Africa is hotbed of technology and innovation. Of course then, it is no surprise that Nairobi is the Silicon Valley of Africa. Every corner you turn, you’ll hear of a new venture designed to alleviate the qualms of poor using mobile technology and many bright graduates of top universities are using their prestigious degrees for good.
It got me thinking, long-term, does trickle down technology work? Can a foreigner take their initiative and skills to solve the problems of the poor using the latest and greatest in mobile technology? Will this lead to more robust African technology in development? I have been meeting a lot of social entrepreneurs that are trying to do just that recently and wonder when technology is concerned, what is the best path forward? And can we better support African software developers take the lead on designing solutions for African problems?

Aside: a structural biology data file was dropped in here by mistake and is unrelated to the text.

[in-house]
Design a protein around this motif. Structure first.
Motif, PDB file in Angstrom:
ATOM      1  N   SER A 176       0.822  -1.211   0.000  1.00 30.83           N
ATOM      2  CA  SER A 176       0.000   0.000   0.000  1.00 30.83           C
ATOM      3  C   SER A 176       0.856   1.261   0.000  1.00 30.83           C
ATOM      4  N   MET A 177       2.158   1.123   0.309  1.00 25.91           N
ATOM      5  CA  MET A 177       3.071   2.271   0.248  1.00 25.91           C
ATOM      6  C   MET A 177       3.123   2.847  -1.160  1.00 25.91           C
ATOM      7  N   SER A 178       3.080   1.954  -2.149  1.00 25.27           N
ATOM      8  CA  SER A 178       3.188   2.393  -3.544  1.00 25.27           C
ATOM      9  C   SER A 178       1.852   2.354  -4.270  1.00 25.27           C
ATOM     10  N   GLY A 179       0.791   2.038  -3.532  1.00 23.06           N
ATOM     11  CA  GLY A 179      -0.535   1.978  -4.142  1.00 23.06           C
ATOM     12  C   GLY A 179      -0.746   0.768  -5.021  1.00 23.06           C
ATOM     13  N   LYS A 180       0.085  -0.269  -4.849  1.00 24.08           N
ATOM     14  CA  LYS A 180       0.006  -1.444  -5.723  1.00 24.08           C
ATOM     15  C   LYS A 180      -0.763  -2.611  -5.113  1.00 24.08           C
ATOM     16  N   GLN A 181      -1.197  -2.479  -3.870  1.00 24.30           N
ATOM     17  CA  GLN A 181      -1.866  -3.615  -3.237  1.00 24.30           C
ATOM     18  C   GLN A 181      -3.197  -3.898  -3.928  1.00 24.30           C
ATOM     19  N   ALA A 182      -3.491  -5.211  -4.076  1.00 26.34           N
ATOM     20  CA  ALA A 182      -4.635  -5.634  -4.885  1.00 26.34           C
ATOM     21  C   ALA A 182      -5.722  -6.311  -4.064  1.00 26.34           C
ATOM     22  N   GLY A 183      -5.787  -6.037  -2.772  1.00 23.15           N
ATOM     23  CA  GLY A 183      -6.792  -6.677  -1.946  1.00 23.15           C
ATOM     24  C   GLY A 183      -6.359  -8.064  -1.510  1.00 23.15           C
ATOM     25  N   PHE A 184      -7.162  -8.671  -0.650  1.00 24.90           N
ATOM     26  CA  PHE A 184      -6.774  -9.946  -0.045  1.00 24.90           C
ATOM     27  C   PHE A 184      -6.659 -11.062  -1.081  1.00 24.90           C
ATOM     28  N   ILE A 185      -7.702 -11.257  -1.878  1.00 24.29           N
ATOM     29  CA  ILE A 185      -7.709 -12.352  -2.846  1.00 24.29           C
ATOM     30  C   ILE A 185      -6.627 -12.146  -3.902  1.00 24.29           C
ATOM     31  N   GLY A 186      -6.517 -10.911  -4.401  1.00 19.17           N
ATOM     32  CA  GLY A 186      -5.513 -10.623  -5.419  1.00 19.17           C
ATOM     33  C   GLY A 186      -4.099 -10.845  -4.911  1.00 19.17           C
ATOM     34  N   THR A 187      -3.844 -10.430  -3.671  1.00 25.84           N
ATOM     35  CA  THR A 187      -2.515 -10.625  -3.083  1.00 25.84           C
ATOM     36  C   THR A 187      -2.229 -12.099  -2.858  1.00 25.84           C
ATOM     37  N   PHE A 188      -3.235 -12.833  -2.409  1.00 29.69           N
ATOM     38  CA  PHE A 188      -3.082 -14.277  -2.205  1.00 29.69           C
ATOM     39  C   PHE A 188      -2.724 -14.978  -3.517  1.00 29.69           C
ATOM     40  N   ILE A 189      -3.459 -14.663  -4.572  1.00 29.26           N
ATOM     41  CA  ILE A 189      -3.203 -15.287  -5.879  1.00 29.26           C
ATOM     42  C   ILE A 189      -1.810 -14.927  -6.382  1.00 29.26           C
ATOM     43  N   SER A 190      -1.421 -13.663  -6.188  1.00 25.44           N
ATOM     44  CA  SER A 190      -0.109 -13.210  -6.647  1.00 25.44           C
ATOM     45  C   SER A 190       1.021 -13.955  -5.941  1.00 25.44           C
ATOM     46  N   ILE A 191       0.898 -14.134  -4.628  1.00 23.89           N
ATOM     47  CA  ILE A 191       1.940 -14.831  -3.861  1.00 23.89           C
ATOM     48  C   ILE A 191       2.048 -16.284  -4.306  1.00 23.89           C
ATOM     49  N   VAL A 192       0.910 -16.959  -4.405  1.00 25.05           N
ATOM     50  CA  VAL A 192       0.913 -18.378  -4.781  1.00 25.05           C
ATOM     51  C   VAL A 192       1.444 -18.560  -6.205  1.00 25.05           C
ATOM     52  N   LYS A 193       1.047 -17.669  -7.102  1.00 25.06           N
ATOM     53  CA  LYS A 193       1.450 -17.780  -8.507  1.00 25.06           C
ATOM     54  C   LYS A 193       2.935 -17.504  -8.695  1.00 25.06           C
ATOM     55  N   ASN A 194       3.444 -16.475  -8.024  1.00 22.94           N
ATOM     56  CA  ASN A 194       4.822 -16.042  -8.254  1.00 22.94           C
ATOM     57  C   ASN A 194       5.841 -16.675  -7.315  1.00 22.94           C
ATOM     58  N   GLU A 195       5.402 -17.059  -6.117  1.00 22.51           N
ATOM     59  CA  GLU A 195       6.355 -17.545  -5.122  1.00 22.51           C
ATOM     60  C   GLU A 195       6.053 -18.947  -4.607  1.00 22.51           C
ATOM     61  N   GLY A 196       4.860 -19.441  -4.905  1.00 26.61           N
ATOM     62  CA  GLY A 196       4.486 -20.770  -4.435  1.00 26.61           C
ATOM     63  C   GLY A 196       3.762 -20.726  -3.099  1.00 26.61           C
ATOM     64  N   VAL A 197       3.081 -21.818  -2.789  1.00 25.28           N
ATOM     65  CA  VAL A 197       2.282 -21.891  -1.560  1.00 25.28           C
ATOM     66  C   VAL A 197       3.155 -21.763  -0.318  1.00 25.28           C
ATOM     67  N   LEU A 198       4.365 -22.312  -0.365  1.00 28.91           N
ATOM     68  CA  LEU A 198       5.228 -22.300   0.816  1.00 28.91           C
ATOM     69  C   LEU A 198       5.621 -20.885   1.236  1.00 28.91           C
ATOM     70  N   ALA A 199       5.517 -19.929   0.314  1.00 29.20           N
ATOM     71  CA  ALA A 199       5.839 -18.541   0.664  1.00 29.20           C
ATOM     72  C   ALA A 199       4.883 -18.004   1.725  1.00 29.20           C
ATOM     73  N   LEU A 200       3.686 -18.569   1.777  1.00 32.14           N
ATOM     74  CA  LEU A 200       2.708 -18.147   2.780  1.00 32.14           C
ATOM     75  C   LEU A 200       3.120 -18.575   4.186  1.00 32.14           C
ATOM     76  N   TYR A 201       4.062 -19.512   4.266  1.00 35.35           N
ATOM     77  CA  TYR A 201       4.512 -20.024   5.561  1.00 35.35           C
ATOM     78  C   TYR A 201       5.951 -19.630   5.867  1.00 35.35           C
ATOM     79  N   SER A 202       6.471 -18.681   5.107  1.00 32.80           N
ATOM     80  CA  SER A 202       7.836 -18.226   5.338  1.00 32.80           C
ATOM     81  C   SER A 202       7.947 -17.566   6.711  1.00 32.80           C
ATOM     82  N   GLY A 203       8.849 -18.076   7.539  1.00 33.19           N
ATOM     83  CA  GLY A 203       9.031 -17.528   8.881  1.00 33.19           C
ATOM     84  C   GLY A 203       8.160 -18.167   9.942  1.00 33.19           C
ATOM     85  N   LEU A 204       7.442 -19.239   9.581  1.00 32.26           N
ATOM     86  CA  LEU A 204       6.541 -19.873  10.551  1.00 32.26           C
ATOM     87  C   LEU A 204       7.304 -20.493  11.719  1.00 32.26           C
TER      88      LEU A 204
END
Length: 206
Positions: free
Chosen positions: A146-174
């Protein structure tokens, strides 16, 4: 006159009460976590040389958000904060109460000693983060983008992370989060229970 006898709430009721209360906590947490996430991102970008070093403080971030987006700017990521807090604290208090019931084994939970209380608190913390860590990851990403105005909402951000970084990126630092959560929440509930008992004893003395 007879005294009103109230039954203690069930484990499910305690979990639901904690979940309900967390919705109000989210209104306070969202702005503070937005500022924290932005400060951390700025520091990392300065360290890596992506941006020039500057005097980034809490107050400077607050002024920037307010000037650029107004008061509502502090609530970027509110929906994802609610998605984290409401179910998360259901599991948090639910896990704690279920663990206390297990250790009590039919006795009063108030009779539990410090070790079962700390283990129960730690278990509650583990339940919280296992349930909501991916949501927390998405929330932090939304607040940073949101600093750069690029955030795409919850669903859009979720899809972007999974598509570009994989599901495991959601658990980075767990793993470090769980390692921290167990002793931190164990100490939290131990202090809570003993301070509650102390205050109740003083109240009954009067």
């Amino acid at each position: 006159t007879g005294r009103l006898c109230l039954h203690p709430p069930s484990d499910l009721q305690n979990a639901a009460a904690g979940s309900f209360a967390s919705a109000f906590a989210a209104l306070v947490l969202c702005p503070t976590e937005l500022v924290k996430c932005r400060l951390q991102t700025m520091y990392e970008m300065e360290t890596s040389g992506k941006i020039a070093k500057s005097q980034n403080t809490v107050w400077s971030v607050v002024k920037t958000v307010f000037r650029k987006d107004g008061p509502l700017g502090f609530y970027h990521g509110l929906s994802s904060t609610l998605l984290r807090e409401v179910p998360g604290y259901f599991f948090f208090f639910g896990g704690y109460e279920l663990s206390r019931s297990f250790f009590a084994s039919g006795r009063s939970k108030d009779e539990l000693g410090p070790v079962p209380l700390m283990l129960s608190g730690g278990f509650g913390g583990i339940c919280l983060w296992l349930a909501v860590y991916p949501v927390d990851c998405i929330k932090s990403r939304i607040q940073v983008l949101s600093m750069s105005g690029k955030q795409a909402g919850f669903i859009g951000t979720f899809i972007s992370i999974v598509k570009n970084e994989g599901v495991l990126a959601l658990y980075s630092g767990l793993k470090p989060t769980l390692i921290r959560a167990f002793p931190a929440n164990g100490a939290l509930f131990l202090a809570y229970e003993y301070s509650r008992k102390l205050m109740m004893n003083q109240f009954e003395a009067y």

Ken Banks wrote a thoughtful piece in the Stanford Social Innovation Review on the explosion of mobile technologies in “The Truth About Disruptive Development.” He discusses some of the drawbacks of foreign-led initiatives and raises concerns of imported solutions that squash African-led initiative and development, “We shouldn’t take ownership of a problem that isn’t ours, and we certainly shouldn’t build “solutions” from thousands of miles away and then jump on a plane in search of a home for them.”
How much help are imported ideas? What are your thoughts? When it comes to doing good work using technology, what is the right way to do it?